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Sometimes I leave blank lines in the bottom of file.
How can I trim them on saving?

UPDATE

Thanks guys, all solutions seem work.
Unfortunately, they all reset current cursor position, so I wrote this function

function TrimEndLines()
    let save_cursor = getpos(".")
    :silent! %s#\($\n\s*\)\+\%$##
    call setpos('.', save_cursor)
endfunction

au BufWritePre *.py call TrimEndLines()
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3  
If preserving cursor position was important for you, you could specify that requirement in the question. –  ib. Sep 23 '11 at 0:40
1  
Sorry about that, I did not think that it could reset the cursor position. –  gennad Sep 23 '11 at 8:34

4 Answers 4

up vote 21 down vote accepted

This substitute command should do it:

:%s#\($\n\s*\)\+\%$##

Note that this removes all trailing lines that contain only whitespace. To remove only truly "empty" lines, remove the \s* from the above command.

EDIT

Explanation:

  • \( ..... Start a match group
  • $\n ... Match a new line (end-of-line character followed by a carriage return).
  • \s* ... Allow any amount of whitespace on this new line
  • \) ..... End the match group
  • \+ ..... Allow any number of occurrences of this group (one or more).
  • \%$ ... Match the end of the file

Thus the regex matches any number of adjacent lines containing only whitespace, terminated only by the end of the file. The substitute command then replaces the match with a null string.

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Nice one! Can you break it down for us? Particularly how it matches at the end of the file... –  Merlyn Morgan-Graham Sep 21 '11 at 7:32
2  
@Merlyn Morgan-Graham: # is the pattern delimiter. You can choose it where using the s command, / is not mandatory. –  Benoit Sep 21 '11 at 7:33
    
@Benoit: Thanks :) I figured that out after staring at it for a minute. Keep forgetting. Now I'm trying to figure out how this matches the end of the file. –  Merlyn Morgan-Graham Sep 21 '11 at 7:34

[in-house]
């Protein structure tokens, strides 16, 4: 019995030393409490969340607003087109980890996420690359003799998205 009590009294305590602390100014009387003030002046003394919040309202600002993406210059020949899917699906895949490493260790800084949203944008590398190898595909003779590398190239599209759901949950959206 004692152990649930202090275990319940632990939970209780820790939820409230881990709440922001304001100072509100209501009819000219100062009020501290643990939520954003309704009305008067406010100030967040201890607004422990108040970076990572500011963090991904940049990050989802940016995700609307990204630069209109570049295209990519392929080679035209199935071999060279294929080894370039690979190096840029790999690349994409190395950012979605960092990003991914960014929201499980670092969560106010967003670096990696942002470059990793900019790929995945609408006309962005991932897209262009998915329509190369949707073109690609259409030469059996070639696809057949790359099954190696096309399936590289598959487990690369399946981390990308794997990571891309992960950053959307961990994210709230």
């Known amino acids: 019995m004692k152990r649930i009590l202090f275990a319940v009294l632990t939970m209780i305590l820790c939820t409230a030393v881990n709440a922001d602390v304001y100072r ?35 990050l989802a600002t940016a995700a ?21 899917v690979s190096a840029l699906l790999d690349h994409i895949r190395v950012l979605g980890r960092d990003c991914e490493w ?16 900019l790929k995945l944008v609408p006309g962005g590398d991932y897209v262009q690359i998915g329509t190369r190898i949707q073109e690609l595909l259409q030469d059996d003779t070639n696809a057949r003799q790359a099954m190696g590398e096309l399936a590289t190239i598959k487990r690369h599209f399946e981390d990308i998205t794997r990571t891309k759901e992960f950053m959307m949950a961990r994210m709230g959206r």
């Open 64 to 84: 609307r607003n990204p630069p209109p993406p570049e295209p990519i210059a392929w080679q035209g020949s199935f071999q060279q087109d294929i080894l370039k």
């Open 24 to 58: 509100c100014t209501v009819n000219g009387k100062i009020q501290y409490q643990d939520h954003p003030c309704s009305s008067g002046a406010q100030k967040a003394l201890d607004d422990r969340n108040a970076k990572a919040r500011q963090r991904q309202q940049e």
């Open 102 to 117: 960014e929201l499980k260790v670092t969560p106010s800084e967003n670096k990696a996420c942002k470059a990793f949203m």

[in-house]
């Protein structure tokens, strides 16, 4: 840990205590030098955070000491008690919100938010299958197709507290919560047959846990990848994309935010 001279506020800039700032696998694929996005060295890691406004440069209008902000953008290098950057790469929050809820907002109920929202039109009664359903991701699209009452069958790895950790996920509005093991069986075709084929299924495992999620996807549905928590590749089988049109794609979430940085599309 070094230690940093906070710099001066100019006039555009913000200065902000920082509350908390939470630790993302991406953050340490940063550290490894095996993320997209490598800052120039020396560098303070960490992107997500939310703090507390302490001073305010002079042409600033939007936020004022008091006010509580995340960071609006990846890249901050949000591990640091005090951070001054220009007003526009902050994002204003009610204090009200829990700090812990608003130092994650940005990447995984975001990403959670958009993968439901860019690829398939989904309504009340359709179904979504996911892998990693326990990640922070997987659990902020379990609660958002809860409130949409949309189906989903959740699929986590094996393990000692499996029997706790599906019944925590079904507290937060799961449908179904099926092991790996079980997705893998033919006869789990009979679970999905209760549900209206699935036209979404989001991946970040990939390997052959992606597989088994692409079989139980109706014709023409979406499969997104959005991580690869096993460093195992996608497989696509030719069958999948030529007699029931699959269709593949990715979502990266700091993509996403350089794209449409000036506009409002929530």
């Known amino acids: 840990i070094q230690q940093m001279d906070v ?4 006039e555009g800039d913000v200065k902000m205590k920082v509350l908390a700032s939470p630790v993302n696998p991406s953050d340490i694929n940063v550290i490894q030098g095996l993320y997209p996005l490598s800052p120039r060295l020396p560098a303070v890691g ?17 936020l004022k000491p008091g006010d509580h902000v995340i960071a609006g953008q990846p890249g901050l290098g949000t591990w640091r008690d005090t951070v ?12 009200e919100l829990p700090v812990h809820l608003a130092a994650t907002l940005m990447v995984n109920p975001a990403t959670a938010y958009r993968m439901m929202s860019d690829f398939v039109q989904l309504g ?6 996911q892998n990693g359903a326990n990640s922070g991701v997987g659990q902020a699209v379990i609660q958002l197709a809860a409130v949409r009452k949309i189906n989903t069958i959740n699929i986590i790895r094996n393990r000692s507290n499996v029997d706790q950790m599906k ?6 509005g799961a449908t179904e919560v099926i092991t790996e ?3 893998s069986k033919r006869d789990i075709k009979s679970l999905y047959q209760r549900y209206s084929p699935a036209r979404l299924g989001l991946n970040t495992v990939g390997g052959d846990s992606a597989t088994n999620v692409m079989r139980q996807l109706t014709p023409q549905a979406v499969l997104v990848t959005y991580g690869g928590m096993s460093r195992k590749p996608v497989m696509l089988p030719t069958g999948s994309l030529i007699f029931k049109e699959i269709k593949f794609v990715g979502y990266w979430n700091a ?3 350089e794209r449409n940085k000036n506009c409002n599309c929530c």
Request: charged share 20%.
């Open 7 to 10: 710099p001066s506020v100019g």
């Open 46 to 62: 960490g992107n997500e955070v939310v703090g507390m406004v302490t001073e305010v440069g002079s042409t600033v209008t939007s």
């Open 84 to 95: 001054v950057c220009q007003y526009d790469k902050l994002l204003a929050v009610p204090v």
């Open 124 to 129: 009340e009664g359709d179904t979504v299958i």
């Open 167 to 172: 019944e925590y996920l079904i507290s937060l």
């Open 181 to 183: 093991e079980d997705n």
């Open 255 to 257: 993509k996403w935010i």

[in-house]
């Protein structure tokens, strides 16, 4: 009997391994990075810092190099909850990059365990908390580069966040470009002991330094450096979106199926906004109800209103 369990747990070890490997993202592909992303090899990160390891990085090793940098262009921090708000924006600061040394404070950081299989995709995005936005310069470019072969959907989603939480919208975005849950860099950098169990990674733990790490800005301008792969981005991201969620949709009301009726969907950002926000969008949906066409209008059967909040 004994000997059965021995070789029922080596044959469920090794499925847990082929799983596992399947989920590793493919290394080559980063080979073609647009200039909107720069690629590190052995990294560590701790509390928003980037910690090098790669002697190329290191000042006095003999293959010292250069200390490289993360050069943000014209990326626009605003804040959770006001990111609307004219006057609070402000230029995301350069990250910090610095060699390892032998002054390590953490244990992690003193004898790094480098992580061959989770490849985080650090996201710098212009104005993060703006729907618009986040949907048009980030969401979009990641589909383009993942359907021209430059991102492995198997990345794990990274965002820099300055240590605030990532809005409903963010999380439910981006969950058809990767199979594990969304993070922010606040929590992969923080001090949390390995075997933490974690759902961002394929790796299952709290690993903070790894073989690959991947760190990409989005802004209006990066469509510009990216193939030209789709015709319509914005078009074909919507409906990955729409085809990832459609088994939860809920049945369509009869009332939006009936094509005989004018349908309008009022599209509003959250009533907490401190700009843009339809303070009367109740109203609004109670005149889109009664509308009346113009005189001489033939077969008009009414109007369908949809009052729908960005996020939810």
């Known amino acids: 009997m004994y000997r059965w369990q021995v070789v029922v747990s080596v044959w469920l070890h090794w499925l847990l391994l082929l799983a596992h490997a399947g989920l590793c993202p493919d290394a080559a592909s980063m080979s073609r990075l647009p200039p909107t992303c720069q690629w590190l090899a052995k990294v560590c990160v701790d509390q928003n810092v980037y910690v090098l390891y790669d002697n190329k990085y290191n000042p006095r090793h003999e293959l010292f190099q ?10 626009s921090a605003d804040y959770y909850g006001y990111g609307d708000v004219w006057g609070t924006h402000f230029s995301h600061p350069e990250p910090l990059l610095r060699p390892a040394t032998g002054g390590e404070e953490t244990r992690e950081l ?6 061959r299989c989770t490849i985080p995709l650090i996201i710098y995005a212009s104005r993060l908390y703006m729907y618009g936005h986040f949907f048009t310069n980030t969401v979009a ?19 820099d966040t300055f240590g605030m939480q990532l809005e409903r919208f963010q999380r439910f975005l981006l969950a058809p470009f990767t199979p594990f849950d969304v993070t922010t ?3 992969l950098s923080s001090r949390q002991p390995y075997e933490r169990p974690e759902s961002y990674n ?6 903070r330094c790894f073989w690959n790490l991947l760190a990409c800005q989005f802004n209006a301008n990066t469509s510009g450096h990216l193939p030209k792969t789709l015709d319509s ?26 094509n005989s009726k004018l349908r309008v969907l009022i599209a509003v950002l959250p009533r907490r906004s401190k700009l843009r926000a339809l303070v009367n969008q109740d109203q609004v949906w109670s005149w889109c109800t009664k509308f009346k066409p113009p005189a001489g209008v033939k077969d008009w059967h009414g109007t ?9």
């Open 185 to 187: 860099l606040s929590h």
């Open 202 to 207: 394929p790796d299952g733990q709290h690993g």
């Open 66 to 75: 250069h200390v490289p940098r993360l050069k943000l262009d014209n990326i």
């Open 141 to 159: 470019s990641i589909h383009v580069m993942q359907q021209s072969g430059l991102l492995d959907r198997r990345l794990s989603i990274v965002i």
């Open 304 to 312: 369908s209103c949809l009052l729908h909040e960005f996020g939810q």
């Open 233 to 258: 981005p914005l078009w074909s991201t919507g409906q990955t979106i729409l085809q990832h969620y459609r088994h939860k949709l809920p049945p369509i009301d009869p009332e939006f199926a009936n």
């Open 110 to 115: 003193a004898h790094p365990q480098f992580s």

5  
Another pattern would be /\_s*\%$ –  Benoit Sep 21 '11 at 7:34
2  
@Benoit: Beware that pattern, since it cause removing of the trailing whitespace on the last nonempty line, which could be undesirable. –  ib. Sep 21 '11 at 14:04

An elegant solution can be based on the :vglobal command (or, which is the same thing, on the :global with ! modifier),

:v/\_s*\S/d

This command executes :delete on every line that does not have non-whitespace characters in it and after it in the remaining text to the end of buffer. Thus, the command removes the tailing blank lines.

To delete the empty lines (in a strict sense, as opposed to blank ones containing only whitespace) at the end of buffer, change the pattern in that :vglobal command as follows.

:v/\n*./d

On huge sparse files containing large blocks of consecutive whitespace characters (starting from about hundreds of kilobytes of whitespace) the above commands might have unacceptable performance. If that is the case, the same elegant idea can be used to transform that :vglobal commands into much faster range deletion commands.

For blank lines:

:0;/^\%(\_s*\S\)\@!/,$d

For empty lines:

:0;/^\%(\n*.\)\@!/,$d

The essence of both commands is the same, that is, removing the lines belonging to the range specified for :delete. The ranges are defined according to these three steps:

  1. Move the cursor to the first line of a buffer before interpreting the rest of the range (0;, see :help :;). The difference between 0 and 1 line numbers is that the former allows a match at the first line, when there is a search pattern used later in the range.

  2. Search for a line where the pattern describing a non-tailing blank line (\_s*\S or \n*.) does not match (negation is due to the \@! atom). Set the starting line of the range to that line.